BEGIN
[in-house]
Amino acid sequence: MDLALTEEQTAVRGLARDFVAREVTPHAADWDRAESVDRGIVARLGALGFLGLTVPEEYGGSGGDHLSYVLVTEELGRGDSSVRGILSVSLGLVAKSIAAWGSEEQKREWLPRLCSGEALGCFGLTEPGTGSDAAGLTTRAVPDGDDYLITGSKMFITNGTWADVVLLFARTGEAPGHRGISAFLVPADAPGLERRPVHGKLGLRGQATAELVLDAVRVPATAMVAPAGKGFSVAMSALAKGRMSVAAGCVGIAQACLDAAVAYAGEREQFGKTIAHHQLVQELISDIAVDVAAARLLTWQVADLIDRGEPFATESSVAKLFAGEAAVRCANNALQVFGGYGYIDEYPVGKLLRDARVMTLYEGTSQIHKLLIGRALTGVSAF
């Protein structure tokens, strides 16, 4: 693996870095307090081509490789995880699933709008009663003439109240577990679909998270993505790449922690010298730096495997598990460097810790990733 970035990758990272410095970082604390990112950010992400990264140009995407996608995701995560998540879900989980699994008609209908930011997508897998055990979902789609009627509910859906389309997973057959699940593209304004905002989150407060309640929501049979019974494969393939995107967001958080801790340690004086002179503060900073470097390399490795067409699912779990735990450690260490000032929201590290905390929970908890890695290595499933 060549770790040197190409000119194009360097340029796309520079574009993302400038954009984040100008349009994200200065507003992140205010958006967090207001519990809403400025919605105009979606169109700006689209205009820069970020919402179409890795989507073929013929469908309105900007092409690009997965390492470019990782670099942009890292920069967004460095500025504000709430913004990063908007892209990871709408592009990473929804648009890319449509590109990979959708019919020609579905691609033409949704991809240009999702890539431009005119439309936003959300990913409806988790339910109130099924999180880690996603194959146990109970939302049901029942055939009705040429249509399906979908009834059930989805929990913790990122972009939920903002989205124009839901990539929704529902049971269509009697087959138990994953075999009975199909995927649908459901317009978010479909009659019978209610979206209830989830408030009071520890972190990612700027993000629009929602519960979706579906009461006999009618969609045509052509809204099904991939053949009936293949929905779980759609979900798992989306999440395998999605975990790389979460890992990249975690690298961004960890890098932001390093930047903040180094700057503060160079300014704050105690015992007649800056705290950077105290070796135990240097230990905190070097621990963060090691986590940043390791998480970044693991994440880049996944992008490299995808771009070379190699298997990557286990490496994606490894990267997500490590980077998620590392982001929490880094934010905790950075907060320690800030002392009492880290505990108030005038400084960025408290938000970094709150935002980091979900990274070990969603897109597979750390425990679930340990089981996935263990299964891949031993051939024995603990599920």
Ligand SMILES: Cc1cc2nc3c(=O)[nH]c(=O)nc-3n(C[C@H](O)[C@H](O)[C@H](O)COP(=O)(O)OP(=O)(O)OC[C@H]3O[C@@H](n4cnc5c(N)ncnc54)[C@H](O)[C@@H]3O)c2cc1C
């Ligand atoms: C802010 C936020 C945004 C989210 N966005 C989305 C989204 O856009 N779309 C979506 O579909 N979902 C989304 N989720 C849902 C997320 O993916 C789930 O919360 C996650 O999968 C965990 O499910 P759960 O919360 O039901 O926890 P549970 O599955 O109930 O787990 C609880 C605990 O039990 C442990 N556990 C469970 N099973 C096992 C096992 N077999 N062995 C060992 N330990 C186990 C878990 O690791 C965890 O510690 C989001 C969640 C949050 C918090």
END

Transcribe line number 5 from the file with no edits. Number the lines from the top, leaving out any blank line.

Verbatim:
């Ligand atoms: C802010 C936020 C945004 C989210 N966005 C989305 C989204 O856009 N779309 C979506 O579909 N979902 C989304 N989720 C849902 C997320 O993916 C789930 O919360 C996650 O999968 C965990 O499910 P759960 O919360 O039901 O926890 P549970 O599955 O109930 O787990 C609880 C605990 O039990 C442990 N556990 C469970 N099973 C096992 C096992 N077999 N062995 C060992 N330990 C186990 C878990 O690791 C965890 O510690 C989001 C969640 C949050 C918090």